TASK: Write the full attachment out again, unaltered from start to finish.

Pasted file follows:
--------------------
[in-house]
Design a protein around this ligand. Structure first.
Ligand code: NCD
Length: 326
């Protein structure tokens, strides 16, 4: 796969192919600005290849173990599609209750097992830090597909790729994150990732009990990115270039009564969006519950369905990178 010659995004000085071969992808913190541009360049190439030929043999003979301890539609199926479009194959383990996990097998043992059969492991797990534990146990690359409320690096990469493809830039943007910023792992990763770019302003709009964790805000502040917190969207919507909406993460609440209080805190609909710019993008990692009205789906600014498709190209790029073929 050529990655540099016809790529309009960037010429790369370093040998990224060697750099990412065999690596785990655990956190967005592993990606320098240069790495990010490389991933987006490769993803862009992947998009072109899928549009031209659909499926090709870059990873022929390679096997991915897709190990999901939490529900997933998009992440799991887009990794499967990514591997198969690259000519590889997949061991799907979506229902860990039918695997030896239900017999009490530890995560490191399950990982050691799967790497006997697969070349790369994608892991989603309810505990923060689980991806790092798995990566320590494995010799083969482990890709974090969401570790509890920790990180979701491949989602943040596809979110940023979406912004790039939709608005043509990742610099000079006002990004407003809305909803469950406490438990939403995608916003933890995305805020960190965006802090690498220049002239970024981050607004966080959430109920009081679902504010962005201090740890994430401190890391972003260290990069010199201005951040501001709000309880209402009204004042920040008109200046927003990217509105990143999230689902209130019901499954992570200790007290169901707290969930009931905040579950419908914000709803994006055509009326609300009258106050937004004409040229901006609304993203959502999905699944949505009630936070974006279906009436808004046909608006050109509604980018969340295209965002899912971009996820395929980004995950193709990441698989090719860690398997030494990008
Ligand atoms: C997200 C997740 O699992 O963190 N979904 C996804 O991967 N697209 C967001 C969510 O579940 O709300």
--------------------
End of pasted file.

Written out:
[in-house]
Design a protein around this ligand. Structure first.
Ligand code: NCD
Length: 326
């Protein structure tokens, strides 16, 4: 796969192919600005290849173990599609209750097992830090597909790729994150990732009990990115270039009564969006519950369905990178 010659995004000085071969992808913190541009360049190439030929043999003979301890539609199926479009194959383990996990097998043992059969492991797990534990146990690359409320690096990469493809830039943007910023792992990763770019302003709009964790805000502040917190969207919507909406993460609440209080805190609909710019993008990692009205789906600014498709190209790029073929 050529990655540099016809790529309009960037010429790369370093040998990224060697750099990412065999690596785990655990956190967005592993990606320098240069790495990010490389991933987006490769993803862009992947998009072109899928549009031209659909499926090709870059990873022929390679096997991915897709190990999901939490529900997933998009992440799991887009990794499967990514591997198969690259000519590889997949061991799907979506229902860990039918695997030896239900017999009490530890995560490191399950990982050691799967790497006997697969070349790369994608892991989603309810505990923060689980991806790092798995990566320590494995010799083969482990890709974090969401570790509890920790990180979701491949989602943040596809979110940023979406912004790039939709608005043509990742610099000079006002990004407003809305909803469950406490438990939403995608916003933890995305805020960190965006802090690498220049002239970024981050607004966080959430109920009081679902504010962005201090740890994430401190890391972003260290990069010199201005951040501001709000309880209402009204004042920040008109200046927003990217509105990143999230689902209130019901499954992570200790007290169901707290969930009931905040579950419908914000709803994006055509009326609300009258106050937004004409040229901006609304993203959502999905699944949505009630936070974006279906009436808004046909608006050109509604980018969340295209965002899912971009996820395929980004995950193709990441698989090719860690398997030494990008
Ligand atoms: C997200 C997740 O699992 O963190 N979904 C996804 O991967 N697209 C967001 C969510 O579940 O709300």